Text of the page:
Sovereign spreads: adding fuel to the fire

Moving away from so-called “risk-free” markets, the main impact of QE is the removal of credit netting. In the case of sovereign bonds, QE was instrumental in removing the risk of a eurozone break-up during the sovereign crisis of 2010-12 and subsequent periods of market stress.

Our analysis of German returns above implies that stock, rather than buying flow, is the relevant variable for assessing market impact. It’s not so simple for sovereign spreads, where both variables matter. Clearly, we believe that the impact of QT on sovereign spreads will occur much faster than on base yields, once flows turn negative. This explains why spreads have already started to widen even before QT was discussed, as QE buying was coming to an end in mid-2022. We fear that the ECB continuing with QT would add to the concerns of already stressed financial markets.

We struggle to see how peripheral markets would cope with rising interest rates and QT at the same time

We struggle to see how peripheral markets would cope with rising interest rates and QT at the same time. This is one of the main reasons why we expect QT to start only after the phase of rising base interest rates is over. In addition, the fact that the ECB keeps spread support programs, such as the TPI, at hand would go some way to reassuring the markets. It would also mean a slower reduction in the ECB’s bond portfolio if it is forced to temporarily buy peripheral bonds.

QT will reduce excess liquidity and help widen money market spreads, such as Euribor

Source: Refinitiv, ING
Source: Refinitiv, ING

Money markets: removing the comfort blanket

A large part of money market rates also has a credit and duration component, which we have discussed in the sections above. But compensation in the money markets is even more strongly suppressed by the wave of excess liquidity (EL) from the ECB introduced during the successive rounds of QE and loans to banks (TLTRO). At the start of QT, EL will decrease by the same amount. In 2023, the estimated €155 billion reduction in QT’s excess liquidity will pale in comparison to the almost €2 billion reduction from loan repayments from targeted longer-term refinancing operations ( TLTRO).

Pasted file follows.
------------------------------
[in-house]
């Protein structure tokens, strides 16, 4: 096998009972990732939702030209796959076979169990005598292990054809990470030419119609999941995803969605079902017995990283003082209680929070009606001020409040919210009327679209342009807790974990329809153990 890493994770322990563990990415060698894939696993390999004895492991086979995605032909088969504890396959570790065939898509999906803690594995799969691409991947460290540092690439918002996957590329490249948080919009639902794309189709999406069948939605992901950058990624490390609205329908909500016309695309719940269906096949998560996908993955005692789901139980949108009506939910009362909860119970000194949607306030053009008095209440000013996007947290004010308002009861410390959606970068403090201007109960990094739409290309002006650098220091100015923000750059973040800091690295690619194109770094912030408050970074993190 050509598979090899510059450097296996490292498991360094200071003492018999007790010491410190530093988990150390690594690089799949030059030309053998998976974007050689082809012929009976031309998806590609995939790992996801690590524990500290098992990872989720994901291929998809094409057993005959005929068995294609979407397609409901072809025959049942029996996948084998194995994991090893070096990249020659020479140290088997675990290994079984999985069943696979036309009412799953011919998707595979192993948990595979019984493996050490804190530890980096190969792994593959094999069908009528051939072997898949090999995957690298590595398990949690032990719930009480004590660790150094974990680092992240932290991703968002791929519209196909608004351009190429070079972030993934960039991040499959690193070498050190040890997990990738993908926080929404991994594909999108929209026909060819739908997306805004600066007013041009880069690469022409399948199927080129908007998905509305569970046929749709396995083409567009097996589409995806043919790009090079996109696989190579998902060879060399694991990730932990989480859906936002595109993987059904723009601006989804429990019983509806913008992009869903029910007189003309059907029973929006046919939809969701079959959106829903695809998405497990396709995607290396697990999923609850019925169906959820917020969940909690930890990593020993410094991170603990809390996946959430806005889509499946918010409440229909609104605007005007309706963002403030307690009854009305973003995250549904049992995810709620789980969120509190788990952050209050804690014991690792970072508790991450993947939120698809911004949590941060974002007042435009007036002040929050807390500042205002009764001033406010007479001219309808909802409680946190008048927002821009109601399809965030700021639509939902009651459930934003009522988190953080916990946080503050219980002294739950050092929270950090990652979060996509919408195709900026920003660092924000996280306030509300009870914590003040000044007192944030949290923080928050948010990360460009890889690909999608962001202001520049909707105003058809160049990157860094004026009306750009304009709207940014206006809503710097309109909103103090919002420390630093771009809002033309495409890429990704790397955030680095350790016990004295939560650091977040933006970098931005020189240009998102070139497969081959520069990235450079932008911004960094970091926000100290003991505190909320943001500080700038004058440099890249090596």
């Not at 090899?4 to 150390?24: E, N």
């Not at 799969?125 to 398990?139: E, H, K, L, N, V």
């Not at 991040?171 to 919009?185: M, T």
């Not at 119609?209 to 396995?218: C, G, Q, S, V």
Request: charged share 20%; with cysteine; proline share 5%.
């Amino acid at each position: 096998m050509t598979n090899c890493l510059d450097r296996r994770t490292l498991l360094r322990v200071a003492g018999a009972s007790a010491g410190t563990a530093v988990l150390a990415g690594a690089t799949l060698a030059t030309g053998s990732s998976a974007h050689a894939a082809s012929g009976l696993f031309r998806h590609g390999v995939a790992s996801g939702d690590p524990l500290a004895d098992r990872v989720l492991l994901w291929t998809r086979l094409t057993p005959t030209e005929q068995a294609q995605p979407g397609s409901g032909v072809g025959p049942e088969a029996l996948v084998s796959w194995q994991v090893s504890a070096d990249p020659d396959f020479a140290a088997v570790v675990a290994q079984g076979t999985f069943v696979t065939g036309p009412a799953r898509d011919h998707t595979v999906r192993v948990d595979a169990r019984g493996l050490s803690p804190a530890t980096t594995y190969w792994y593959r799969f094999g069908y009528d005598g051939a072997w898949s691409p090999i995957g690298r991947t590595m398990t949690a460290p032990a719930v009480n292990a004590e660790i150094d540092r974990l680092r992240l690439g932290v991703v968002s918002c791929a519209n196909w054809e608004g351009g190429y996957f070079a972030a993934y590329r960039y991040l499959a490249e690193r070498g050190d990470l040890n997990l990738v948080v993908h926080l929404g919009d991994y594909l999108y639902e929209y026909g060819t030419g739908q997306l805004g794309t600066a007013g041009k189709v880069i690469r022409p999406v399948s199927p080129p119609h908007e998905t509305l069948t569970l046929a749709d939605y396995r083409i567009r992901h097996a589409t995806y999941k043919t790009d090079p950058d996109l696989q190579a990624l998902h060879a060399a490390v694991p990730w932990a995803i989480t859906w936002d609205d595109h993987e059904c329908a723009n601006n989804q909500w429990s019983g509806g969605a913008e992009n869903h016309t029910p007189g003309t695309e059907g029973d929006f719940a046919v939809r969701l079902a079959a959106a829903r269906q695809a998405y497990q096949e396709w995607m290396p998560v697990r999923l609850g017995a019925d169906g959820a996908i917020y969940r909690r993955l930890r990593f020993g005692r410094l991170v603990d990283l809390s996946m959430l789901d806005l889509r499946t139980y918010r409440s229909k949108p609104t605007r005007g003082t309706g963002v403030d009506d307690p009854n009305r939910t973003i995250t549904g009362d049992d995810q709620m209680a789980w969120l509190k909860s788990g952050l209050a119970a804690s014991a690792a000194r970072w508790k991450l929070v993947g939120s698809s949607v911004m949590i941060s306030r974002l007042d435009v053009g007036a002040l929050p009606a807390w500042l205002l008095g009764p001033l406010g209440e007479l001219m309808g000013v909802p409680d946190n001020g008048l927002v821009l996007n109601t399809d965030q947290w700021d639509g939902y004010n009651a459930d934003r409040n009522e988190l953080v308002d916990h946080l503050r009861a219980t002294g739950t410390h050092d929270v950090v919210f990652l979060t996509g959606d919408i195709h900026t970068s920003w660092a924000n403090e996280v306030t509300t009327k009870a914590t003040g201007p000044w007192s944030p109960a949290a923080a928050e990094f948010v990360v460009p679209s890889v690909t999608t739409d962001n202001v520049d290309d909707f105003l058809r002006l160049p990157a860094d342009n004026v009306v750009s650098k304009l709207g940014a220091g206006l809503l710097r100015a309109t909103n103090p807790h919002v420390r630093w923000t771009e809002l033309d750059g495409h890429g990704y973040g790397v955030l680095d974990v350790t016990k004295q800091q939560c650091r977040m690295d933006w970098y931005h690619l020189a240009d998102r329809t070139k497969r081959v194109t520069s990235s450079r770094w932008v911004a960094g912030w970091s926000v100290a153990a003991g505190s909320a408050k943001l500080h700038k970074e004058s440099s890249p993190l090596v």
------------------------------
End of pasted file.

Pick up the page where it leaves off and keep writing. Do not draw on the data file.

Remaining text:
Each gradual reduction in liquidity will make money market rates more sensitive to other risk factors

After that date, however, each gradual reduction in liquidity will make money market rates more sensitive to other risk factors. The widening of money market spreads, for example Euribor fixings versus overnight index swaps (OIS), is not linear. The first reduction of 2 billion euros will probably have little effect. After that, at the latest after mid-2023, the impact of the EL reduction will accelerate. This effect could even be amplified if the ECB decides to effectively lock in part of EL using staggered bank reserve remuneration (see our article on this subject).


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Editor’s note: The summary bullet points for this article were chosen by the Seeking Alpha editors.